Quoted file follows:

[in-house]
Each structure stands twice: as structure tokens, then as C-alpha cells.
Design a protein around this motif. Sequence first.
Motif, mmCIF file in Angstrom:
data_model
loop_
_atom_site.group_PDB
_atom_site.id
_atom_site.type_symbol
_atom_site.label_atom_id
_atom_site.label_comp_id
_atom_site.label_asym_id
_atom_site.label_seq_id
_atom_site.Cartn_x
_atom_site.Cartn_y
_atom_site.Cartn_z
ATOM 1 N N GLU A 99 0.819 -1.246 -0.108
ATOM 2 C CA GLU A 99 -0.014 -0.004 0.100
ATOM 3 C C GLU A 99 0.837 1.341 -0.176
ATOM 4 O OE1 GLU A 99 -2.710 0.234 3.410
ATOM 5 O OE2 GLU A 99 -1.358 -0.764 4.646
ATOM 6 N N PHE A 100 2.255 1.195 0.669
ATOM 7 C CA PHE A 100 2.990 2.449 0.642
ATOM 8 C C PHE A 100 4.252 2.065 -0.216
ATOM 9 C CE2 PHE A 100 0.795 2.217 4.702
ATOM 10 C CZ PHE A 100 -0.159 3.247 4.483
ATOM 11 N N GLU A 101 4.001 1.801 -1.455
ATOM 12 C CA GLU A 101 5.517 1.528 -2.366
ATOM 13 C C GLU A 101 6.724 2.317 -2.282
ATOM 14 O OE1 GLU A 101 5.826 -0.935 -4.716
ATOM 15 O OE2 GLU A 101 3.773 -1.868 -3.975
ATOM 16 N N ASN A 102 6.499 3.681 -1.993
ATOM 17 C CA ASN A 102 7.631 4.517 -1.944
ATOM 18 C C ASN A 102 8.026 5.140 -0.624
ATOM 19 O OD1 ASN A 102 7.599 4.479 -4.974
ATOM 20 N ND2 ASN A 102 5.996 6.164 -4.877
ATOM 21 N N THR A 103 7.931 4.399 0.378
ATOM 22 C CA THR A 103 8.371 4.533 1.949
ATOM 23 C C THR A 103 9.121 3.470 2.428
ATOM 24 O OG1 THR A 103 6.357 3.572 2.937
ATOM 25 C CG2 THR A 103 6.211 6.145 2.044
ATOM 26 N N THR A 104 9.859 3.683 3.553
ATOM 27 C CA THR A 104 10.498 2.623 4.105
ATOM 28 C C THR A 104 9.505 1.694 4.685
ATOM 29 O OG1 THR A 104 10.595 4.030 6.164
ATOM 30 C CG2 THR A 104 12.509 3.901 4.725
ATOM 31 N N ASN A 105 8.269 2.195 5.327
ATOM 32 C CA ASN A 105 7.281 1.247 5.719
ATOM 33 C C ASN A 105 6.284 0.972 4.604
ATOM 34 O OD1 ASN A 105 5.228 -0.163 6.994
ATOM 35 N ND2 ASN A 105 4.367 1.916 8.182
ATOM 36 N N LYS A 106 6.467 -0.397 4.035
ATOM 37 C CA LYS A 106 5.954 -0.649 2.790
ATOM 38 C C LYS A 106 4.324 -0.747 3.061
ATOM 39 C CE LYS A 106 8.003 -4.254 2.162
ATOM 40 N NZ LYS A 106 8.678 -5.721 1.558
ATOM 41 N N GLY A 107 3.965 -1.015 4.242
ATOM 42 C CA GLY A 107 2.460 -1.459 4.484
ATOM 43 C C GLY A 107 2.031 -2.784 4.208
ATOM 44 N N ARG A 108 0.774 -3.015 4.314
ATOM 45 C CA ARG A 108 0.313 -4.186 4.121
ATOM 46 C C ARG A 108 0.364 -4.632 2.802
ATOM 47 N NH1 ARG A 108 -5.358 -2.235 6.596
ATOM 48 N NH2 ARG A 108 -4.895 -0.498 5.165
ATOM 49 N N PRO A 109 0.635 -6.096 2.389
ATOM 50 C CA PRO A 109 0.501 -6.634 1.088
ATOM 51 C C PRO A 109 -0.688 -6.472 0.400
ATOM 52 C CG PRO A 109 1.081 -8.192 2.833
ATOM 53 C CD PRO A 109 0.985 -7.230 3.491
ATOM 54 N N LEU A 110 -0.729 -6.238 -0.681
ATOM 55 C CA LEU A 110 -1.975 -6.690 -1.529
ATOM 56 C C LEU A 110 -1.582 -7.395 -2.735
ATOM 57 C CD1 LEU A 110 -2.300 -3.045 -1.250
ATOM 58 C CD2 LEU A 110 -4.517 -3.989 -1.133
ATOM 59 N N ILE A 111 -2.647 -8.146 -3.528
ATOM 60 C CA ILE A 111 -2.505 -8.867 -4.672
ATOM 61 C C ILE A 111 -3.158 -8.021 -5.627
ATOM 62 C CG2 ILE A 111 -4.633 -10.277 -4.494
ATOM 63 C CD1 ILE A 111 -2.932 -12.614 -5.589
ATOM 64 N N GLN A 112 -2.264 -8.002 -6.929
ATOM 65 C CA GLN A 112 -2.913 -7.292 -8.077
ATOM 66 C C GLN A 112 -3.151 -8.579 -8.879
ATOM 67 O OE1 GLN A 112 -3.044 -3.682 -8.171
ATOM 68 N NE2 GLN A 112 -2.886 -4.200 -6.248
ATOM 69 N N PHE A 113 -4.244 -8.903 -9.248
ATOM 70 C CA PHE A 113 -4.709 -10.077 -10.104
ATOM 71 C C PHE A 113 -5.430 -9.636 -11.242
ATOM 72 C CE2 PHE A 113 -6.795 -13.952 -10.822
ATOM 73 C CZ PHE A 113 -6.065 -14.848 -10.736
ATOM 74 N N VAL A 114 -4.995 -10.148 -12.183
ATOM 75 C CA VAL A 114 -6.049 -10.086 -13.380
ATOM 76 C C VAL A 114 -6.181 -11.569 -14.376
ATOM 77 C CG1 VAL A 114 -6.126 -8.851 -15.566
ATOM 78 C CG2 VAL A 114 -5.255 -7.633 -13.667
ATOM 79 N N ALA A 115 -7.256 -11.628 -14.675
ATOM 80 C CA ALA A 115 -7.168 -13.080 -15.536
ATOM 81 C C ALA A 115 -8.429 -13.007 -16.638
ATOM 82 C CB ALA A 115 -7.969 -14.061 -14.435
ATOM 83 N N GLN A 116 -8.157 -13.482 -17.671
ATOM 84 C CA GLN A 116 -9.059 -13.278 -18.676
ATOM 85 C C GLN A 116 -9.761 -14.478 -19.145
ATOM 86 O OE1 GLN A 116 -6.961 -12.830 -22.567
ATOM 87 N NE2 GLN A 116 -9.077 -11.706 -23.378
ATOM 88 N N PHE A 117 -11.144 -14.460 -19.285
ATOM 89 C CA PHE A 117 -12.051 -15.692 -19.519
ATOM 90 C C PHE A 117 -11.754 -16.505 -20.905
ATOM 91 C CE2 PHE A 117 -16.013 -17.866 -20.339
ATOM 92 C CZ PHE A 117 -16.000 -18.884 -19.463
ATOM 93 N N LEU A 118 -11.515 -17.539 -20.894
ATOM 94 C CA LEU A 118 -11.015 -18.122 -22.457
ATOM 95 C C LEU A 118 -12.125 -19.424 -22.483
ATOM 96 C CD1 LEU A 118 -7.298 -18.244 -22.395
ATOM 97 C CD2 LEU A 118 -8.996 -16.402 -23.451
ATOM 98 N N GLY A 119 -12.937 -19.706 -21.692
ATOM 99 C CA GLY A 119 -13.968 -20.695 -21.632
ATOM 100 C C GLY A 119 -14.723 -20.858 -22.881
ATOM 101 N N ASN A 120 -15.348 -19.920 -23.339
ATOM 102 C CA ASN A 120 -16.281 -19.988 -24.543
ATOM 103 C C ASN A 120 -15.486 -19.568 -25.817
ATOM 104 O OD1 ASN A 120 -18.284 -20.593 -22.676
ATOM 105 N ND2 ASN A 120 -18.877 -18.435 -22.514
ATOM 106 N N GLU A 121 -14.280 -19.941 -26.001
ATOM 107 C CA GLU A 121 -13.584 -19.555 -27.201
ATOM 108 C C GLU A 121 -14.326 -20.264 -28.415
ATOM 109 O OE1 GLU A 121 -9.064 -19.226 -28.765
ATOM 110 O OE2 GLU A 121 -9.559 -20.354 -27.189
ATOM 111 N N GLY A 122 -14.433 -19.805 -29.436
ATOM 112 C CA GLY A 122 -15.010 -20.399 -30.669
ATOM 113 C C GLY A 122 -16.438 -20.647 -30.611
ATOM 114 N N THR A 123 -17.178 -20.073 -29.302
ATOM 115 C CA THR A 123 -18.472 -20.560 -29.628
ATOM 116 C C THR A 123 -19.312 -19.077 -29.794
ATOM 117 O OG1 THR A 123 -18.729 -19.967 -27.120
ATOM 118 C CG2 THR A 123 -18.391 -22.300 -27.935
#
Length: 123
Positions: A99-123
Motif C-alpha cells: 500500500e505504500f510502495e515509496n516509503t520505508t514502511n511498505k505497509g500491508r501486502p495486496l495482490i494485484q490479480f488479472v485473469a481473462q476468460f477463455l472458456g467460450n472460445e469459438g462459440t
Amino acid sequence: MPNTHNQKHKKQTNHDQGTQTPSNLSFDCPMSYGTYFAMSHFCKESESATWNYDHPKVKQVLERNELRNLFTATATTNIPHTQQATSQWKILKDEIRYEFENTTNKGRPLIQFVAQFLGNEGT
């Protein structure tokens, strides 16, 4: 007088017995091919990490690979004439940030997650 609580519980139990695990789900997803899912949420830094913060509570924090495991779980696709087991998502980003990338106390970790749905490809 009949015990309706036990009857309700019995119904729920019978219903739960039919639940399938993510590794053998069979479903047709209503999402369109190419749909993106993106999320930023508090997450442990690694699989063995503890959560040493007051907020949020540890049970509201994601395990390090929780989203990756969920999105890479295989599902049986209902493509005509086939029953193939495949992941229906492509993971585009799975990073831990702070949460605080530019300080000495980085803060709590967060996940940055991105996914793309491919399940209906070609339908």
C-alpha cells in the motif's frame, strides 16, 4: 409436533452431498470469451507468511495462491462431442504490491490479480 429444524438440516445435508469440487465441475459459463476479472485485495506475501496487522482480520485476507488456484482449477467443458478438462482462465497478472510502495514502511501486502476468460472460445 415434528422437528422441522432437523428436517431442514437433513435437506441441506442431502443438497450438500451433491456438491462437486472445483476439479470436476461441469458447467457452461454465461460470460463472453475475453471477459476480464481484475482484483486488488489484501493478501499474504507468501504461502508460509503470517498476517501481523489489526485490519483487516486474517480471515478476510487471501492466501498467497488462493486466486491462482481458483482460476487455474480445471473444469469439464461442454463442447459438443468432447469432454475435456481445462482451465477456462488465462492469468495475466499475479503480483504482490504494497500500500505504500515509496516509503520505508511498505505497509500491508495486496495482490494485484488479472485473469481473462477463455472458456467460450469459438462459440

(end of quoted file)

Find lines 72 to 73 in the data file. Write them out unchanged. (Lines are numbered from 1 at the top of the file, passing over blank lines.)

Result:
ATOM 56 C C LEU A 110 -1.582 -7.395 -2.735
ATOM 57 C CD1 LEU A 110 -2.300 -3.045 -1.250